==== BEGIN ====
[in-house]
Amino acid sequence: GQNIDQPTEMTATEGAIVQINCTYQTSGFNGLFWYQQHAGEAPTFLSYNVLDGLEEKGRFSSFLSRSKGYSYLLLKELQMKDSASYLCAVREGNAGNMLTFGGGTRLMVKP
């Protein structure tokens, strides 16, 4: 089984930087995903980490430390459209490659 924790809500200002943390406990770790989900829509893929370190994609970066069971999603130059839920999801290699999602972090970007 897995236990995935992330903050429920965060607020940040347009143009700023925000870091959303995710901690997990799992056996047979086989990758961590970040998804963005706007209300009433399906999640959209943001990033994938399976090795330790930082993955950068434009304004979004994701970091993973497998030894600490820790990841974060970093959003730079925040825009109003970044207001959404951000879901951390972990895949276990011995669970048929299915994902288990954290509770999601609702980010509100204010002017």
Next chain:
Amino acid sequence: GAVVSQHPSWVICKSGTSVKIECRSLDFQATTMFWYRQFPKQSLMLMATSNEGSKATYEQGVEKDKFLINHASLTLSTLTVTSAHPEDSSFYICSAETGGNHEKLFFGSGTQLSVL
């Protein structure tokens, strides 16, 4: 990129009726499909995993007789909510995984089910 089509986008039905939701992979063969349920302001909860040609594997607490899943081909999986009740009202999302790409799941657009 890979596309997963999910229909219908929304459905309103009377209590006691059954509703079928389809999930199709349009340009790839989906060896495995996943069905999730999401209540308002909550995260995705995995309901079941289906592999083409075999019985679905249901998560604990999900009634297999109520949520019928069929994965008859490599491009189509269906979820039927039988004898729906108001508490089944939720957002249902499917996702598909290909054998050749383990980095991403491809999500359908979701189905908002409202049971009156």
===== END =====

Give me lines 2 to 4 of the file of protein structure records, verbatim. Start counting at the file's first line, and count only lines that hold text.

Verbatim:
Amino acid sequence: GQNIDQPTEMTATEGAIVQINCTYQTSGFNGLFWYQQHAGEAPTFLSYNVLDGLEEKGRFSSFLSRSKGYSYLLLKELQMKDSASYLCAVREGNAGNMLTFGGGTRLMVKP
């Protein structure tokens, strides 16, 4: 089984930087995903980490430390459209490659 924790809500200002943390406990770790989900829509893929370190994609970066069971999603130059839920999801290699999602972090970007 897995236990995935992330903050429920965060607020940040347009143009700023925000870091959303995710901690997990799992056996047979086989990758961590970040998804963005706007209300009433399906999640959209943001990033994938399976090795330790930082993955950068434009304004979004994701970091993973497998030894600490820790990841974060970093959003730079925040825009109003970044207001959404951000879901951390972990895949276990011995669970048929299915994902288990954290509770999601609702980010509100204010002017």
Next chain: